Arakan Army Forces Villagers in Myanmar’s Chin State to Donate Rice Amid Food Shortage

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Chin refugees in Paletwa Township, Chin State, Myanmar in an undated photo.
Chin refugees in Paletwa Township, Chin State, Myanmar in an undated photo.
United Nations Myanmar

The rebel Arakan Army is forcing citizens to donate rice or sell it at huge markdowns in western Myanmar’s Chin State, where food is scarce and transportation networks have broken down due to constant fighting with the country’s military, according to a statement by a local rights NGO.

The AA has been embroiled in conflict with Myanmar’s military in neighboring Rakhine state since 2018, and fighting has spilled over into Paletwa, a strategic river town on Chin state’s border with Rakhine.

“Beginning on 14 September 2020, the AA [Arakan Army] began forcibly collecting two baskets of rice (approx. 10 kg [22 pounds]) per household from five villages along the Kaladan River in Paletwa Township," said the Chin Human Rights Organization (CHRO) in a statement Tuesday.

In most of the villages, the AA forced residents to either hand over the rice or pay 10,000 kyat ($8). Villagers were also told to transport the rice to a supply depot near the AA military camp in the area and were paid 2,000 kyat ($1.50) upon delivery, the CHRO said.

According to the Burmese-language version of the statement, a local resident told the CHRO that the AA was paying 10,000 kyat, effectively buying the rice at a discounted rate to those who delivered the two baskets. The English-language statement said that the AA had, however, been buying rice from villagers elsewhere in the area, paying 40,000 kyat (U.S. $30) for a 50-kilogram bag, which would cost about 75,000 kyat ($60) in the local market.

“Compounding the situation, at present villagers are limited in the amount of rice that can be purchased, determined by local authorities,” the CHRO said.

CHRO Field Director Salai Terah confirmed the rice tax to RFA’s Myanmar Service, saying, “They collected two baskets of rice per household on Sept. 14 and Oct. 14, asking the villagers to deliver it to a place in the forest near their camp.”

Procuring rice to pay the tax has been a struggle in Paletwa as most of Chin state is remote and transportation networks are lacking. Armed conflict and the coronavirus pandemic have made matters worse, with local villagers saying it has taken them months to come up with enough rice.

Even those who live in towns have said buying rice is difficult due to shortages caused by constant fighting.

Chin state’s Development Minister Soe Htet said that the forceful collection of rice was an undue burden on local civilians.

Mai Nang Wai, a spokeswoman for the Relief and Rehabilitation Committee for Chin IDPs (internally displaced persons), told RFA that extorting rice during a food crisis was “much more than a burden.”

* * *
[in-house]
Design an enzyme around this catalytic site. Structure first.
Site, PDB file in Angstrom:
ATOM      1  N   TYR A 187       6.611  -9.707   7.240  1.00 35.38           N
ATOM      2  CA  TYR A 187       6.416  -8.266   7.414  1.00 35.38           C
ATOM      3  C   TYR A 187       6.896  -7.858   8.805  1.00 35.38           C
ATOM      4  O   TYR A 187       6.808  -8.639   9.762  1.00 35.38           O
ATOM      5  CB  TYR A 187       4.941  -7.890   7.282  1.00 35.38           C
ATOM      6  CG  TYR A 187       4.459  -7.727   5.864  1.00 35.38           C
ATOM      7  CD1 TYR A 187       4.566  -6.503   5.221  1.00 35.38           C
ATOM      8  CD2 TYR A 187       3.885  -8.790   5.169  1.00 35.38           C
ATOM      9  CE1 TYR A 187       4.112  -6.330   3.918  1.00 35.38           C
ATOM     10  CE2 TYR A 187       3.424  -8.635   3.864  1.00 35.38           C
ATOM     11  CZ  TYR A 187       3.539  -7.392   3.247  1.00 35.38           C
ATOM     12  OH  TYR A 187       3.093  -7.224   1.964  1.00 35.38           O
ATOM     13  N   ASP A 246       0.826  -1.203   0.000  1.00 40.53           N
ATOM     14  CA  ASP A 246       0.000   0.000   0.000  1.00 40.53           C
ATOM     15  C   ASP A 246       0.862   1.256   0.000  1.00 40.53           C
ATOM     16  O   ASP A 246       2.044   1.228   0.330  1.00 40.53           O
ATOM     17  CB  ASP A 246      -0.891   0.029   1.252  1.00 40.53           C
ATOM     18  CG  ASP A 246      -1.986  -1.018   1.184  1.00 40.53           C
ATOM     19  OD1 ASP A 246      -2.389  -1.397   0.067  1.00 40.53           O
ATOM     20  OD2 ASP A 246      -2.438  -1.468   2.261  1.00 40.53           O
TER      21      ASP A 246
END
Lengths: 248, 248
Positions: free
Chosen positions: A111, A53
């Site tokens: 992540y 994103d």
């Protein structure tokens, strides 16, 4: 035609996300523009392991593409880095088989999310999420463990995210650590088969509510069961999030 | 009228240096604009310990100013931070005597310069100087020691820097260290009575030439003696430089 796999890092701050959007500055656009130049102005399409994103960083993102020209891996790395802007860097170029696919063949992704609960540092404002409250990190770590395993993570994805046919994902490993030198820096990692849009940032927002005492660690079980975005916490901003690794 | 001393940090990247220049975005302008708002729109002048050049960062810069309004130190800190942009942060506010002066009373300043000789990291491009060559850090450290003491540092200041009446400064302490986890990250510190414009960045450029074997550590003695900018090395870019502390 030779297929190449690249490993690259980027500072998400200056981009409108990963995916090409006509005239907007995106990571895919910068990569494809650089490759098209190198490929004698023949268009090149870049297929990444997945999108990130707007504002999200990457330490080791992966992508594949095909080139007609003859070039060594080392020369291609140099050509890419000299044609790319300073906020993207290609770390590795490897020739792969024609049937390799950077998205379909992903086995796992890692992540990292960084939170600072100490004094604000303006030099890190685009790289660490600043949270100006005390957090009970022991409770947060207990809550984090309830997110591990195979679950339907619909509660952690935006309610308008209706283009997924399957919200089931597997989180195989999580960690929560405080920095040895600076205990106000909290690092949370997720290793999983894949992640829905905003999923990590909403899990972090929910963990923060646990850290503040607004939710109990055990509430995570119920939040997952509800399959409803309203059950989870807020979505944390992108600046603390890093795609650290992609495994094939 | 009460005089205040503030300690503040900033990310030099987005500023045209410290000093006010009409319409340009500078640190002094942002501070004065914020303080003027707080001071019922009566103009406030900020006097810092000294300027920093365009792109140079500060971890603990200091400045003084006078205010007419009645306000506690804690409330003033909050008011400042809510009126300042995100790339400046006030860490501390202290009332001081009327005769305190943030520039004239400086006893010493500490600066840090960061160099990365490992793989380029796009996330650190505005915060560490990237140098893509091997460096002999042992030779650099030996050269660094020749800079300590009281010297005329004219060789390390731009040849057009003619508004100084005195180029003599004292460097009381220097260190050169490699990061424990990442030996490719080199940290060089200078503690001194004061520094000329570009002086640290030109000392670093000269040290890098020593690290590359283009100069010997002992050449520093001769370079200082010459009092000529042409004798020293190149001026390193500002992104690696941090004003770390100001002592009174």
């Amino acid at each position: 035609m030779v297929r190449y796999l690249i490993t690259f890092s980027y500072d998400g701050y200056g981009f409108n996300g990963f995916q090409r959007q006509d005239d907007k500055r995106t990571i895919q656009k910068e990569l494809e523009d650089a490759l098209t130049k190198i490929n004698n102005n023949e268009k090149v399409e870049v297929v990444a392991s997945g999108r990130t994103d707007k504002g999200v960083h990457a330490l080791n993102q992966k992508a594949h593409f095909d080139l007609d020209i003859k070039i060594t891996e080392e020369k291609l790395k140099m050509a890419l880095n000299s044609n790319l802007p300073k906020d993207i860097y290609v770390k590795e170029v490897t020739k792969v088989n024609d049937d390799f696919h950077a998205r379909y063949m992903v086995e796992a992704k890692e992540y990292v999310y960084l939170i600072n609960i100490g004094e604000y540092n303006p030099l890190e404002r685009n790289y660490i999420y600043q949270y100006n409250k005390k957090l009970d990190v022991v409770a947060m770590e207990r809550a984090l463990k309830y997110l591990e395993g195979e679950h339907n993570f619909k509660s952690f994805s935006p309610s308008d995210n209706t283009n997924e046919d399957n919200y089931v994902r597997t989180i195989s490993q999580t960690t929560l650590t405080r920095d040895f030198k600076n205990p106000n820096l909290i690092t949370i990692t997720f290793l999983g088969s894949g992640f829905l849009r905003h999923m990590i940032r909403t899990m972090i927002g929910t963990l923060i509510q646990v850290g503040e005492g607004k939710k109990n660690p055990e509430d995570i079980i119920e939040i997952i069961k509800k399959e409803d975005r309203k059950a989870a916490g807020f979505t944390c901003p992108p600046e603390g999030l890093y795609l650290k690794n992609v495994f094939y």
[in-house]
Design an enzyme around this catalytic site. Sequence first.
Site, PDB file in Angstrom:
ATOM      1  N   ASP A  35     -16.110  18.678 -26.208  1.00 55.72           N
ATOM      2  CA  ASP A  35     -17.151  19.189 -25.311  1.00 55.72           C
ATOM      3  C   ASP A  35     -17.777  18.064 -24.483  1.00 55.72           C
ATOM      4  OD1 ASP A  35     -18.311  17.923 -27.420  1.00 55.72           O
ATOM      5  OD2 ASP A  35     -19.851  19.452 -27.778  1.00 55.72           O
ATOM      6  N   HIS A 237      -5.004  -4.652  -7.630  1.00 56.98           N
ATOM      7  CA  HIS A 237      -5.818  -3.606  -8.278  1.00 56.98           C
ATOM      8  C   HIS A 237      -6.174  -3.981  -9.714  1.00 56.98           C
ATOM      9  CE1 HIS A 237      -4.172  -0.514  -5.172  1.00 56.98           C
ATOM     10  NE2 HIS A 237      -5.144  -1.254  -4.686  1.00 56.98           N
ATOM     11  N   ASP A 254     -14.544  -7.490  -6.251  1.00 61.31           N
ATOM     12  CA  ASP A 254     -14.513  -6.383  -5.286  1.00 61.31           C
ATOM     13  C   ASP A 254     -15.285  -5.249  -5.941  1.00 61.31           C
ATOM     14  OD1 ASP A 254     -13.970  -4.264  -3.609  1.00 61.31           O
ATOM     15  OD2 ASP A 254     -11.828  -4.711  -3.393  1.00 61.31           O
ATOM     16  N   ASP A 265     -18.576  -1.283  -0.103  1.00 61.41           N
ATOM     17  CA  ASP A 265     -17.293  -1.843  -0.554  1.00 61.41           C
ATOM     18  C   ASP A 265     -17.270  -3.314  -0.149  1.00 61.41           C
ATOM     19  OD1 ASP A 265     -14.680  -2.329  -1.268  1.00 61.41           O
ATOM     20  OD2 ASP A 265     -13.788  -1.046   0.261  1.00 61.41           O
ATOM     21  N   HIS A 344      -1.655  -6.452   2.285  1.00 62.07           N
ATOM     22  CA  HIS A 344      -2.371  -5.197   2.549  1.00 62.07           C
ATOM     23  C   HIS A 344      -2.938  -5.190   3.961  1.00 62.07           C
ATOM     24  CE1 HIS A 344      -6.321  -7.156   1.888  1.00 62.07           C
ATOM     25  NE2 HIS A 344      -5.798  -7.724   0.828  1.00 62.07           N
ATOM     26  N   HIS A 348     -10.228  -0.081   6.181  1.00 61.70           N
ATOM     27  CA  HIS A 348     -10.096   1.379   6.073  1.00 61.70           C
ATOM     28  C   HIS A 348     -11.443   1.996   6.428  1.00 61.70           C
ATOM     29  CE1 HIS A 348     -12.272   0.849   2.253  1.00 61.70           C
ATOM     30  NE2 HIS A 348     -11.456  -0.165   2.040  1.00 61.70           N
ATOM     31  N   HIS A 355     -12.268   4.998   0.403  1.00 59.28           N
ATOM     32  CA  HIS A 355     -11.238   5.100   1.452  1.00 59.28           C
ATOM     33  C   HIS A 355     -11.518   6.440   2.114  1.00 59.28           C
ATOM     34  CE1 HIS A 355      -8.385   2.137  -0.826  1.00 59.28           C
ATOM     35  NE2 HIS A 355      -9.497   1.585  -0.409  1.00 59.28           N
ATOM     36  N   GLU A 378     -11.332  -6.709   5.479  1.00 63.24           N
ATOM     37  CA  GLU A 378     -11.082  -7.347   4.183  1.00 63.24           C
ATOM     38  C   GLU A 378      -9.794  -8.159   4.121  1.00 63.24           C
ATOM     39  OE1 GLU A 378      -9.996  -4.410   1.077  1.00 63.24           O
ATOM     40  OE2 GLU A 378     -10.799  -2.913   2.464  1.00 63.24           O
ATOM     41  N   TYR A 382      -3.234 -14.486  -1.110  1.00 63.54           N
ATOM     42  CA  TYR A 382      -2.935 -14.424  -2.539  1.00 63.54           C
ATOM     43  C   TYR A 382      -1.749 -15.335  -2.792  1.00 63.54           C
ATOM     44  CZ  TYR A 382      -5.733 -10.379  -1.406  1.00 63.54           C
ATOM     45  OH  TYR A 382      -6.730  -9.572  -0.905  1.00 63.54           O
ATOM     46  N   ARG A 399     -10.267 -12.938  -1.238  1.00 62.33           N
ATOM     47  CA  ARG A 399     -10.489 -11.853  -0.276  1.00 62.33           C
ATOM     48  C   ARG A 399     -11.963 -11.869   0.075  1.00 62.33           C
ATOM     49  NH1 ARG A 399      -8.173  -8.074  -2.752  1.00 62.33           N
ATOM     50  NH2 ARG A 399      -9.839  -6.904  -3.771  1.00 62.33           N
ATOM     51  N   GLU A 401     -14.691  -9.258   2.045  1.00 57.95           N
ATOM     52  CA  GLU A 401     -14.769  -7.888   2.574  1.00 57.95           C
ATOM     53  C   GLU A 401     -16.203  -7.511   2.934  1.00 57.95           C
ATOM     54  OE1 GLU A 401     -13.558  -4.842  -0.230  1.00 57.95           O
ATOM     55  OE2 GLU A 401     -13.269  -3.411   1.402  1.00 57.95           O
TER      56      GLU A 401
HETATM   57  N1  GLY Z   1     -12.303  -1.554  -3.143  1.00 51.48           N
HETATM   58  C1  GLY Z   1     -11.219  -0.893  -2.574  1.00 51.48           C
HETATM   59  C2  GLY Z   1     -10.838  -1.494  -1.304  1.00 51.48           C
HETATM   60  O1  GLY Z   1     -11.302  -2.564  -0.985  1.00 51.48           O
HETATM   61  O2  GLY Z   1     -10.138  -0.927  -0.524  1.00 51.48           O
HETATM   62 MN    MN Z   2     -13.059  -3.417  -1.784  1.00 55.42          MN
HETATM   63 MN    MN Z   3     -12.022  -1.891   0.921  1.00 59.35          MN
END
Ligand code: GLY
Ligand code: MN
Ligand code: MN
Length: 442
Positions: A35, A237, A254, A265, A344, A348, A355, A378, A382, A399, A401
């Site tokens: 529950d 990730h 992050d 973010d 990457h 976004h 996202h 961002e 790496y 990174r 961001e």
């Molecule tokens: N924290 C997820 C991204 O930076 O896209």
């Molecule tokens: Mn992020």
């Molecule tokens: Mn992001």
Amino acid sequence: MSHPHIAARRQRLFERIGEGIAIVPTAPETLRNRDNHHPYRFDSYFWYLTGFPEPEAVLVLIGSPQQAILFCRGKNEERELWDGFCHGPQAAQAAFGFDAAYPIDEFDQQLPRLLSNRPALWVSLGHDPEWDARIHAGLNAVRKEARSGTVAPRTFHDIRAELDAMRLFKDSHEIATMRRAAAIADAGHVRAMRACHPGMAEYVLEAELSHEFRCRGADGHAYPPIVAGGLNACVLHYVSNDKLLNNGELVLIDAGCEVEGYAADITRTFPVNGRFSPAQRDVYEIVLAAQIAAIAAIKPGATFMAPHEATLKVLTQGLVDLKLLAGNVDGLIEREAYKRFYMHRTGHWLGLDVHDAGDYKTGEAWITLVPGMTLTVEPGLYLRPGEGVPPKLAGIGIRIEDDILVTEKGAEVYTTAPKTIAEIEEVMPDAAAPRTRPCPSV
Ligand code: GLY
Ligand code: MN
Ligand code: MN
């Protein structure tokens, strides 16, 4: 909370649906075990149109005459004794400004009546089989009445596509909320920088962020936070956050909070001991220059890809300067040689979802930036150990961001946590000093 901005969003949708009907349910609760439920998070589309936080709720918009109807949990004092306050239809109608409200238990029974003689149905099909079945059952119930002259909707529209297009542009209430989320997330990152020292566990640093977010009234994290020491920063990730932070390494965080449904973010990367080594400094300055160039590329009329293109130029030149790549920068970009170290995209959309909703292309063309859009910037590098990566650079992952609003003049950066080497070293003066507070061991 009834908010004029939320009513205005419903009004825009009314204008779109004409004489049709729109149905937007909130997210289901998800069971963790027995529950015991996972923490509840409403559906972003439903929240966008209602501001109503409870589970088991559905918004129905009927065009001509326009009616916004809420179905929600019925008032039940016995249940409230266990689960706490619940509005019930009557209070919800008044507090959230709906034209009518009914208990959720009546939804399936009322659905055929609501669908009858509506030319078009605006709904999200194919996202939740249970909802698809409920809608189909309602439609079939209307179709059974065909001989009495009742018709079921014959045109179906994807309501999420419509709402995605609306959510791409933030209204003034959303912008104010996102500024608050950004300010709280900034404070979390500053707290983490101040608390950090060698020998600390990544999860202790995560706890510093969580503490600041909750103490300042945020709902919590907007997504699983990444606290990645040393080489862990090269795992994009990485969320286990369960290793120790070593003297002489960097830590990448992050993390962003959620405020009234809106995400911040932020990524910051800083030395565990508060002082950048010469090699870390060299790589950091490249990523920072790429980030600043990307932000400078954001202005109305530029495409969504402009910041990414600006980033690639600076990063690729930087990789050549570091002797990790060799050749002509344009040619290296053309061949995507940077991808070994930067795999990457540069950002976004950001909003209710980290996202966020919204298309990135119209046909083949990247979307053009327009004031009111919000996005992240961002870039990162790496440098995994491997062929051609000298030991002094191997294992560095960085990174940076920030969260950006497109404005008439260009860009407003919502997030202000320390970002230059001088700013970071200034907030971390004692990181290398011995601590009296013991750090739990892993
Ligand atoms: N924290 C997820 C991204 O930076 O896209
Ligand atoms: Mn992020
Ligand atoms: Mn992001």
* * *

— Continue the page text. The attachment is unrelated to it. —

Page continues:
“These villagers don’t even have enough food to feed themselves. Some of them have no rice at all and are waiting for the rice we collect from donors,” she said.

“The local residents cannot accept this, because this is Chin state and these people are Chin people,” she said, drawing an ethnic distinction between the Paletwa residents and the ethnic Rakhines that make of the AA.

U Teint Sar, a resident of Paletwa, told RFA he heard that some villagers have borrowed money to buy rice for the AA collection from a truck that arrived from nearby Sami Township recently.

“They are not giving rice to the AA from what they have, but out of fear. Since they have no rice to give, they are borrowing,” he said.

But AA spokesperson Khine Thukha has denied that it is forcing local civilians to donate rice.

He told RFA that the AA’s members have been instructed to buy rice from villagers at market price. He also said that the current season was the time for new crops, so the villagers are selling their old rice for what he said was 40,000 ($30) kyat per basket, 5,000 kyat ($4) above market price.

A Yangon-based military analyst told RFA that it is common for armed groups to levy taxes on areas under their control.

“Where there are insurgents, the insurgents collect taxes. Those who cannot accept it react,” said Maung Maung Soe.

“Since there are ethnic Khumi Chins in AA-controlled areas, it is possible that these Chin people will react with a view that the AA is an ethnic Rakhine army and not Chin. All ethnic armed groups, not just the AA, collect taxes in areas under their control,” he said.

According to activists working to help local civilians in Paletwa Township, AA has been collecting rice in more than 20 villages in the Township.

Travel to and from Paletwa, mostly by water, requires permission from the military.

Nga Sha village, where the AA is also accused of forcibly collecting rice, is a five-hour boat ride from Paletwa. RFA attempted to contact villagers there for comment but none consented to interviews due to security concerns.

Reported by Kyaw Lwin Oo for RFA’s Myanmar Service. Translated by Thane Aung. Written in English by Eugene Whong.





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